Laser cutting changed many things in the industry, and technology doesn’t stop evolving, meaning that we’ll get even more impressive results thanks to it in the near future. Cutting sturdy and hard materials in the past wasn’t an easy job, not at all actually. Before laser cutting became a thing, productivity levels were drastically lower than they are at the moment.
It’s not easy operating with a laser cutting machine, but once you get it right, you can even use it for DIY and home-use purposes. Laser Cutting Machines are not cheap either. They are quite the investment for smaller businesses. But, their affordability is not what we’re here to talk about today.
In today’s article we’ll focus on the precision of laser-cutting machines. If you are questioning their ability to be millimeter-perfect, hopefully in this one we’ll clear out any misconceptions and myths. Let’s start with the most basic explanation of these machines, what they are and how they work. Then we’ll move on over to the slightly more technical stuff you need to know about.
The Laser Cutting Revolution
Laser Cutting appeared in the industry somewhere between 1960 and 1970. We’re not really sure what year was the exact “icebreaker” because multiple websites state something different. It doesn’t really matter though, it’s important to know approximately when they were first introduced. 1965 is when the first laser appeared but it wasn’t of any significance, not until the British people implemented it in a cutting machine somewhere around 1970.
Laser Cutting is nowadays used in many different sectors. People make automobile parts with it, medical equipment and a lot more. It’s safe to say that if these machines didn’t exist, or suddenly disappeared, many industries would go ten years back in terms of progress.
Different types of Laser Cutting
A very concentrated beam of photons is all you need to know if you want to understand the technology behind laser cutting, that’s basically how it works. The beam is so concentrated that it can penetrate steel, wood, plastic and other materials as well. All of this is powered by a computer that moves the laser in your preferred pattern.
Now when it comes to the controls, there are different ways to operate a machine, and this will mostly depend on whether the models are newer or older. Other basics you need to know about when it comes to laser-cutting are these:
- The smaller the beam spot size, the more precise the cut will turn out to be
- The machine can be set on different power levels, higher ones obviously required for sturdier and more durable materials. The thickness of the material also plays a huge role in this.
- Once you program the computer, you cannot change where the laser will cut. What remains is for you to position the material properly on your workbench. If for some reason your material is not positioned properly, the vibrations coming out of the machine itself can move it around and misplace it totally. If this happens, you will lose accuracy.
- If your machine is going to be used for DIY purposes, it’s best that you first fiddle around with the settings and experiment on a material that’s not too valuable for you. Do this as a test. When you feel confident that you know the settings, move on to more serious projects. This is called a “test cut”.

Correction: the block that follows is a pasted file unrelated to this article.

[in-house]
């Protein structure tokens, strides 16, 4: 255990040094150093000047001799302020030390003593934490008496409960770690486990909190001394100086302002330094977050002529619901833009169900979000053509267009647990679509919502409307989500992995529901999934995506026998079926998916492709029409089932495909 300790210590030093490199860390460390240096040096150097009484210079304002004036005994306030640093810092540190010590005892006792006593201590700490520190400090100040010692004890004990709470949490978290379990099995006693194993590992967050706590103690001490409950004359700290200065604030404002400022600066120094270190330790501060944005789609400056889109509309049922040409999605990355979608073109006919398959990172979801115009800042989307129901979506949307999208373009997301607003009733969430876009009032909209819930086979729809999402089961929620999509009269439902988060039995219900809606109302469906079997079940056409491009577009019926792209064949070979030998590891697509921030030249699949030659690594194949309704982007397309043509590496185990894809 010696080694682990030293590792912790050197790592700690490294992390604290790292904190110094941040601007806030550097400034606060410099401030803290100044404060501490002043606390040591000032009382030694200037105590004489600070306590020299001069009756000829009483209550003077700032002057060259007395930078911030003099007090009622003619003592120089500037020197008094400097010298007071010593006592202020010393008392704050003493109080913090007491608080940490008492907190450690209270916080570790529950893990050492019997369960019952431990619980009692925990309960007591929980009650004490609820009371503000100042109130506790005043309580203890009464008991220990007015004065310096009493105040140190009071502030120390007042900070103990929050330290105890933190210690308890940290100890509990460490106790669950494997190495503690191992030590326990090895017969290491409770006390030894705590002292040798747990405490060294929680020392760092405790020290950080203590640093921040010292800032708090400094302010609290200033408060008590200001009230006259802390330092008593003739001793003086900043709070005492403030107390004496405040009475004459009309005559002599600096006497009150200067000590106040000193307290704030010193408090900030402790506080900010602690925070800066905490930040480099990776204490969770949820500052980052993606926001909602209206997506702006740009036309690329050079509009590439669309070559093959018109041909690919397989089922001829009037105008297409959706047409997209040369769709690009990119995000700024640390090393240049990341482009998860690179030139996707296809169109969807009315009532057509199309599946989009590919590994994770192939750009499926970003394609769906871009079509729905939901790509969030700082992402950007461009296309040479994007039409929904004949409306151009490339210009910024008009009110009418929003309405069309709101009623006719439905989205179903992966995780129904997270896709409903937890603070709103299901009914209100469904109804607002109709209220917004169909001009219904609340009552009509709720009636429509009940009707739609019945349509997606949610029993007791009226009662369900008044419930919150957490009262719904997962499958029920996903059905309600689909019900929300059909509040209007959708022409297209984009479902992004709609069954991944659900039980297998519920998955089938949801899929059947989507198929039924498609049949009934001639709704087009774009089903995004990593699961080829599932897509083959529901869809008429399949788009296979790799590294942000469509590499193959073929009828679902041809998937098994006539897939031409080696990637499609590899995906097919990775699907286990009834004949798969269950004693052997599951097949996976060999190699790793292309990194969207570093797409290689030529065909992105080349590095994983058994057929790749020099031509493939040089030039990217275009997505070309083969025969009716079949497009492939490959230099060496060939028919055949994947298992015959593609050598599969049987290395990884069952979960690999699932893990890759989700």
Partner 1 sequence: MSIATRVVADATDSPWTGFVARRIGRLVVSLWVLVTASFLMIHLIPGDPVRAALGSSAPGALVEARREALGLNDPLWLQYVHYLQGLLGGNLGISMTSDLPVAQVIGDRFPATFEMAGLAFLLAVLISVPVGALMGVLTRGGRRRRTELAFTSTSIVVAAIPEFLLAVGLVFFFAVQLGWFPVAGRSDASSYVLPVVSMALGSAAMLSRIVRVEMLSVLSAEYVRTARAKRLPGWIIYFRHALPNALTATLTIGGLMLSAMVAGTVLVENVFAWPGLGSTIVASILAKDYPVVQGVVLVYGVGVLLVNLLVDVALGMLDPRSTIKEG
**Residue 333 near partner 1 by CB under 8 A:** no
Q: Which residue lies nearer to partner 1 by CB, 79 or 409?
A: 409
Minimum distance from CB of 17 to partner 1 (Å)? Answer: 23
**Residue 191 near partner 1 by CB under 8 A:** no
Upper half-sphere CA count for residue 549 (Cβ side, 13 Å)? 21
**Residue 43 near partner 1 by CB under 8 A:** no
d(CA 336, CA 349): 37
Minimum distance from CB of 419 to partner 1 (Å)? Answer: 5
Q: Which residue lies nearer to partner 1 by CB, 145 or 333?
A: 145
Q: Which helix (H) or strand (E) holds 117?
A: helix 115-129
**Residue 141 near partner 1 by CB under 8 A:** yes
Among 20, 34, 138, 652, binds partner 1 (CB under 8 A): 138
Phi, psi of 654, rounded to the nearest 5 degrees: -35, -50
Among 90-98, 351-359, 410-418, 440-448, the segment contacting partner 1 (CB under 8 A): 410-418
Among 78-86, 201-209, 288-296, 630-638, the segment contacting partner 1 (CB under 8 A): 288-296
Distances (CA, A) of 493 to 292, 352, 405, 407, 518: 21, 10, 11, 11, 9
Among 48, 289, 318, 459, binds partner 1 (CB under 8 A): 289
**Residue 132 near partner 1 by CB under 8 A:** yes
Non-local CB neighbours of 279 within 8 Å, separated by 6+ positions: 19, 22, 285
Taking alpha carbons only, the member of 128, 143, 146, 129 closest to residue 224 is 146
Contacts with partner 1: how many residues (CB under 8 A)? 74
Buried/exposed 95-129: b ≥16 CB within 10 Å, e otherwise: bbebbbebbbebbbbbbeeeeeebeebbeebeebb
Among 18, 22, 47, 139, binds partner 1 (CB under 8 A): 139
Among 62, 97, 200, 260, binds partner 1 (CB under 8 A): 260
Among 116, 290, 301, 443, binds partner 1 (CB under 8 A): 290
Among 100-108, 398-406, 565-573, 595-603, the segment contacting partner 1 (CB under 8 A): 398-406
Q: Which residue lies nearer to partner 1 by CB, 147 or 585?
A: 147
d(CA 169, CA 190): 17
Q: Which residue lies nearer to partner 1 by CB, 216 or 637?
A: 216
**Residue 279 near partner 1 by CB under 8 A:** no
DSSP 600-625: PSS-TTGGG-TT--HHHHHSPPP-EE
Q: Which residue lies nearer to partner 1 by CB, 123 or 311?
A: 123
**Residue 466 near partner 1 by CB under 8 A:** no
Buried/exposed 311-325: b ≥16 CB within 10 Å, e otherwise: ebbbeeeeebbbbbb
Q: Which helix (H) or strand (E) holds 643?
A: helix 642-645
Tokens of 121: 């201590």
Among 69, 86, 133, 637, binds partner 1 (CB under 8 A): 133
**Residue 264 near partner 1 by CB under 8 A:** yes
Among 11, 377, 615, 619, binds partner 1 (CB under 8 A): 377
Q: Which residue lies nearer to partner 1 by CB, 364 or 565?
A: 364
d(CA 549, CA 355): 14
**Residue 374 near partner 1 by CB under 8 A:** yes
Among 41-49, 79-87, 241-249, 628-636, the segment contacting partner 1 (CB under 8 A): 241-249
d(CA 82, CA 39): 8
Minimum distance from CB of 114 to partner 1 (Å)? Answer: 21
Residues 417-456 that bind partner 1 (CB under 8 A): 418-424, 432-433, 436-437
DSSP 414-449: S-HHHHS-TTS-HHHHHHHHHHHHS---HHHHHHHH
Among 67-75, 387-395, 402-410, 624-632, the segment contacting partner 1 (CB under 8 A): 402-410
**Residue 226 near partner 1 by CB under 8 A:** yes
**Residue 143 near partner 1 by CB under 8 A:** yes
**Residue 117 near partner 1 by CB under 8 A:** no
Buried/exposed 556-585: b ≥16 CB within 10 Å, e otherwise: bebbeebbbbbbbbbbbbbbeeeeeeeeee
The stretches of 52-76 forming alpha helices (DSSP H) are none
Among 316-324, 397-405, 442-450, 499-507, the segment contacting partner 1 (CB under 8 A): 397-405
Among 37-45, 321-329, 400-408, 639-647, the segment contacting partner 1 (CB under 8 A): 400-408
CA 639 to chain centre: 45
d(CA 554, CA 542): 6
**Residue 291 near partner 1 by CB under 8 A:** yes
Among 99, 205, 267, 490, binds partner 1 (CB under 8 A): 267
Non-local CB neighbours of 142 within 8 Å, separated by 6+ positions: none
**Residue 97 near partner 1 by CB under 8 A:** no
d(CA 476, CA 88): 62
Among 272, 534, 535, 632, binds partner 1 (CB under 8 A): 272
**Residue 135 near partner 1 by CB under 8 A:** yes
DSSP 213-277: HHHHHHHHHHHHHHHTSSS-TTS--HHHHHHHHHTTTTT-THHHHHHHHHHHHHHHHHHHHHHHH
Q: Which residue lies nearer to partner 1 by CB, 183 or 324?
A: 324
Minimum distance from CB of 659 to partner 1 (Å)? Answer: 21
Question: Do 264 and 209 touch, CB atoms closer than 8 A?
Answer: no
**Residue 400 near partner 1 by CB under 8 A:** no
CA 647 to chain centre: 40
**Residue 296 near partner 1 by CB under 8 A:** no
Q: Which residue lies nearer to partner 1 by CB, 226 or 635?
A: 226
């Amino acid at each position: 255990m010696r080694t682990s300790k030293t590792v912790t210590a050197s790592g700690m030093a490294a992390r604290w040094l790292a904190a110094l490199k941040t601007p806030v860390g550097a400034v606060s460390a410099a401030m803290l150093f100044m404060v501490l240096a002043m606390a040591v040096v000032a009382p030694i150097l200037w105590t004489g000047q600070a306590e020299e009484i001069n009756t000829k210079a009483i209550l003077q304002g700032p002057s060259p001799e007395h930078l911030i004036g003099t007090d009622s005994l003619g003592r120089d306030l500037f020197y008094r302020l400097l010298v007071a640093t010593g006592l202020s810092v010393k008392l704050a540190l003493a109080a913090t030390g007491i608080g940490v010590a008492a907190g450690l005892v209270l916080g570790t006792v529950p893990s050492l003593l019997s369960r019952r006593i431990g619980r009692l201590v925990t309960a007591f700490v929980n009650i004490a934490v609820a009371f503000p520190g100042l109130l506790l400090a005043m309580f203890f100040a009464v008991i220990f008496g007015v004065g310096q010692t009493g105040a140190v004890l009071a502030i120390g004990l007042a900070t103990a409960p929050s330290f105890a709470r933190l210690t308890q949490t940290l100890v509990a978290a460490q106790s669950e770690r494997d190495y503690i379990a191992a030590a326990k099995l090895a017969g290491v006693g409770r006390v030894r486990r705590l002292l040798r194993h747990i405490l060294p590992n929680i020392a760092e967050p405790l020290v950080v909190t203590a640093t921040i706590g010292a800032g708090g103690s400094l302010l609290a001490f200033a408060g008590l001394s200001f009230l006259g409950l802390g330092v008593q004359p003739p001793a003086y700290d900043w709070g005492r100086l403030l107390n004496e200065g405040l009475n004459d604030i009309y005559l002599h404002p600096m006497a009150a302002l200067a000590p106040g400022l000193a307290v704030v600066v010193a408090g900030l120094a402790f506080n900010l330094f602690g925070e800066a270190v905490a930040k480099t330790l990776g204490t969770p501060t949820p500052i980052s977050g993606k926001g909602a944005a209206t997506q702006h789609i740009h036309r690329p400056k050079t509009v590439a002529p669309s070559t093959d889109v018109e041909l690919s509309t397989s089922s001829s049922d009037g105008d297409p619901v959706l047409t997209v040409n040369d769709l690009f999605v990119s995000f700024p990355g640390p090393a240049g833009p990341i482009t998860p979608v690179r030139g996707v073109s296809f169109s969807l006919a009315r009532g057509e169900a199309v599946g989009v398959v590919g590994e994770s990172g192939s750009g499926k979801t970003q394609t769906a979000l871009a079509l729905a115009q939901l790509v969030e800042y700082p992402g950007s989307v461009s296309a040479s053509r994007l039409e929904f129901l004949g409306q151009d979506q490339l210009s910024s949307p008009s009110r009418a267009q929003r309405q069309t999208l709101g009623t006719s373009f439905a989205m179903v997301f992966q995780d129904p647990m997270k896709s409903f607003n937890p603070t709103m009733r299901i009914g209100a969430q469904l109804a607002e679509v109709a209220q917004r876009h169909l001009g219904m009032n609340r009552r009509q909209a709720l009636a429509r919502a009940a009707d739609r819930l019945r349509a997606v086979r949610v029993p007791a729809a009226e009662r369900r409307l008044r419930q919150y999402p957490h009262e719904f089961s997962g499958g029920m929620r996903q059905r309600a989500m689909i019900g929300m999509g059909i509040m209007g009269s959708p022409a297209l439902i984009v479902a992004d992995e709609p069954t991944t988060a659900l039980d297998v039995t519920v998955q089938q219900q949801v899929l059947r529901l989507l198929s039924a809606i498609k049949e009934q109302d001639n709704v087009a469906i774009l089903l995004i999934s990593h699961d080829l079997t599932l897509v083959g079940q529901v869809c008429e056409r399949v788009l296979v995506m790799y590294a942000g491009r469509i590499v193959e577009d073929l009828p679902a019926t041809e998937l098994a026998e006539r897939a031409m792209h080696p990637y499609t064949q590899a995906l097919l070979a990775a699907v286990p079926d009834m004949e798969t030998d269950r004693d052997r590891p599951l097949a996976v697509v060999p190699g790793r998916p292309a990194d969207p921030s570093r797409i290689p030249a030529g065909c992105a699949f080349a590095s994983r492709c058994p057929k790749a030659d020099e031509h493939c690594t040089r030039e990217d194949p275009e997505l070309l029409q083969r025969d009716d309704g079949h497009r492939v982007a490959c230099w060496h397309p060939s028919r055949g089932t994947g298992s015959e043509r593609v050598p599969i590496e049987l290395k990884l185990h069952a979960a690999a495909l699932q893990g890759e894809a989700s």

In case you need a laser cutting machine, www.dxtech.com is a website where you can learn more about custom-made models.
Note that laser machines are not only used for cutting. They are used for marking and engraving as well. If you need to mark a certain product with your brand, a logo or a serial number of any type, you can do it with such technology, but you’ll have to modify some things first. Let’s talk about precision.
Are these machines precise?
As a short answer, yes, they are very precise. But, as we mentioned above, you will have to improve the accuracy by doing some of the following things:
- Properly adjusting the pattern via the operating computer unit
- Using the right settings for your material of choice
- Properly fixating the material on your workbench so that it doesn’t start moving due to the vibrations
- Start slow, about thirty percent less than your desired speed, then slowly bump up the speed of the machine when you are confident that everything is going the way it should be
Last but not least, you have to remember that with such powerful laser-cutting devices, there’s no “undo” like you have on your computer. This is why all experts advise that you double check the settings and the positioning of your material on the workbench before proceeding. Every line that the laser sees will get cut, and there’s no going back from that.
What if I’m not confident in using these?
If you are not confident in using a laser cutting machine, you can always hire a professional service to do the work for you. This is recommended for most people because not everybody has their own machine at home, obviously because of their high price, but due to inexperience as well. If you don’t have any extra materials to fiddle around with, it’s much better to not risk ruining them. Instead, get it done right from the first try.
It’s not rare for people to purchase a laser cutting machine and end up being confused with the settings once they open up the software. Just open up any forum and you’ll find tons of different experiences. But, there’s a good side to this as well. Because of those numerous issues people face, you have numerous solutions for them on these forums as websites, so you don’t have to worry about coming into a problem that cannot be solved. It’s just one of the perks of being “late on the train” with CNC and laser-cutting machines.